It’s a common refrain among check-to- check entrepreneurs. One more big sale. One new client. Someone to just throw a lot of money at them.
It doesn’t matter how much money you have coming in, if you’re only focused on growth, you aren’t going to have much to show for your “big” business.
Buyers, investors, vendors and clients, too, are attracted to healthy businesses
we can’t sustain that growth—or enjoy the fruits of our labors—if we keep putting profit at the bottom of our to-do list
How healthy is your business
Big business is great, but only if there are healthy profits. Small is great too, but only if there are healthy profits. Medium is great, but only if there are profits there, too
the fact that you are still in business means we can turn it around
to simplify things, we categorize any employee that you have, full or part time, as a cost of the business operations, not as a cost of the good sold.
If you think you have a profit but it is not in the bank and was never distributed to you as a bonus, this means you don’t really have a profit
regular payroll distributions
The Instant Assessment brings clarity fast, and it can be a rude awakening
A financially healthy company is a result of a series of small daily financial wins, not one big moment. Profitability isn’t an event; it’s a habit
rather than focus on actual numbers alone, look at percentages. Percentages show the relationship, giving you an accurate picture of what’s really happening with your business.
When a company is doing less than $250,000 in revenue it typically has one employee: you
Many freelancers are at this stage and if they elect to stay there (just them and no employees) they should be able to increase the profit and pay percentages even more than what I have listed, because they don’t have the expense of employees or the need to incur the expenses necessary to support multiple employees
the growth from $1M to $5M is the hardest. You want a little reserve.
Often the biggest investment into the business needs to happen at this time, as all the knowledge in your head needs to be converted to systems and processes and check lists
a significant portion of your time is spent working on the business (not in it), and the rest of your time is spent selling the big projects.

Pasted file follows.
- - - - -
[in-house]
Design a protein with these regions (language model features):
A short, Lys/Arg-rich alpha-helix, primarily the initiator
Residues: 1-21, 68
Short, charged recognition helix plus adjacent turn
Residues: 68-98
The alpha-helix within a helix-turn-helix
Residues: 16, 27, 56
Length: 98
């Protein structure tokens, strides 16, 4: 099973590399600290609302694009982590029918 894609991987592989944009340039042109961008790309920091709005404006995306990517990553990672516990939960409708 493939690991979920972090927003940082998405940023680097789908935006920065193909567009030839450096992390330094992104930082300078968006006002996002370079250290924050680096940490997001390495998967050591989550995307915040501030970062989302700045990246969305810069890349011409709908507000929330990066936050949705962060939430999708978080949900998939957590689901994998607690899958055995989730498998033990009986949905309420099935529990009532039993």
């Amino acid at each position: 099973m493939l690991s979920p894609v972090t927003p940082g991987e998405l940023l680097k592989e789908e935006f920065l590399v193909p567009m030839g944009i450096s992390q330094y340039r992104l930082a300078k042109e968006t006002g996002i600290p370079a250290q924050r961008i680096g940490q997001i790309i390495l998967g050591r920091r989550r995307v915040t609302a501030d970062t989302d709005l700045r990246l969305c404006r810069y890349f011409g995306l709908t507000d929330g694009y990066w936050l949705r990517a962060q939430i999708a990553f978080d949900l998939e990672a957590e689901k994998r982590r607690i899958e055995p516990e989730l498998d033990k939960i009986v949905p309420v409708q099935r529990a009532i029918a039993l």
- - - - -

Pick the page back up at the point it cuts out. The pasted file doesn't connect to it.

Cutting cost has become almost enjoyable. It has become strategic in a way
How does Profit First work if you just launched your business and have no revenue?
A baby is a poor indication of what a person will look like as an adult; the same is true for a brand new business
in the early stages of building a business, you need to spend as much time as possible on the selling and the doing; systems and processes come later
Simply use the percentages in the Instant Assessment for your target allocations, but start at 1% allocation for the Profit Account, 50% for Owner’s Pay and 15% for the Tax Account. Use quarterly adjustments to step up to higher percentages and nudge your business closer to the TAPs recommended in this book
But do this one thing: set up a Profit Account at a separate bank and, every time you make a deposit, move one percent into that account
5% profit allocation = 3 weeks of operating cash 12% profit allocation= 2 months of operating cash 24% profit allocation = 5 months of operating cash
“If all three of your employees decided to leave on the same day, what would you do?” I asked. “I would do all of the work myself and my partner would come back.” “So why don’t you do that?” I asked. “Because then I would be stuck doing the work and it would not be able to grow,” Rodrigo explained. “I don’t want to do the work; I want to grow the business.” Rodrigo had the right idea, but he was executing it in the wrong way
If your annual revenue is under $500,000 and you have an employee or two, you are still the key employee. And that means you must be doing 90% of the work. You’re bringing home the bacon and frying it up in the pan. The other 10% of the time you spend documenting everything you do so that you can systematize it for your other few employees or contractors to do the work without your input. Basically, you are a true entrepreneur (building systems) 10% of the time, and a hardworking, hard-selling employee of your own company 90% of the time
Now we are going to determine the percentage that stays in your Operating Expenses Account, after you move money to your Profit Account, your Owner’s Pay Account and your Tax Account. The amount left over for expenses is likely going to be somewhere between 40% and 60%. This is the money you have available to pay all your expenses. Next, subtract that percentage from 100%. So, if your total Operating Expenses Account is at 55%, you’re left with 45%. That 45% is the amount you will be taxed on. (More often than not, expenses are not taxed
Going full-throttle Profit First on the first day is like donating five gallons of blood at your first blood drive
The key to successful Profit First implementation lies in stringing together a series of many small steps in a repeating pattern. So take it easy
Entrepreneurs typically manage their money in an erratic, noisy rhythm that causes confusion and panic
The goal is to make your PF as high as possible. However
Owner’s Pay is the amount you and the other equity owners take in pay for the work you do. (Equity members of your company who do not work in the business just get a profit distribution.)
Determine your salary based on what you are doing 80% of the time, and what you would reasonably pay employees to do those jobs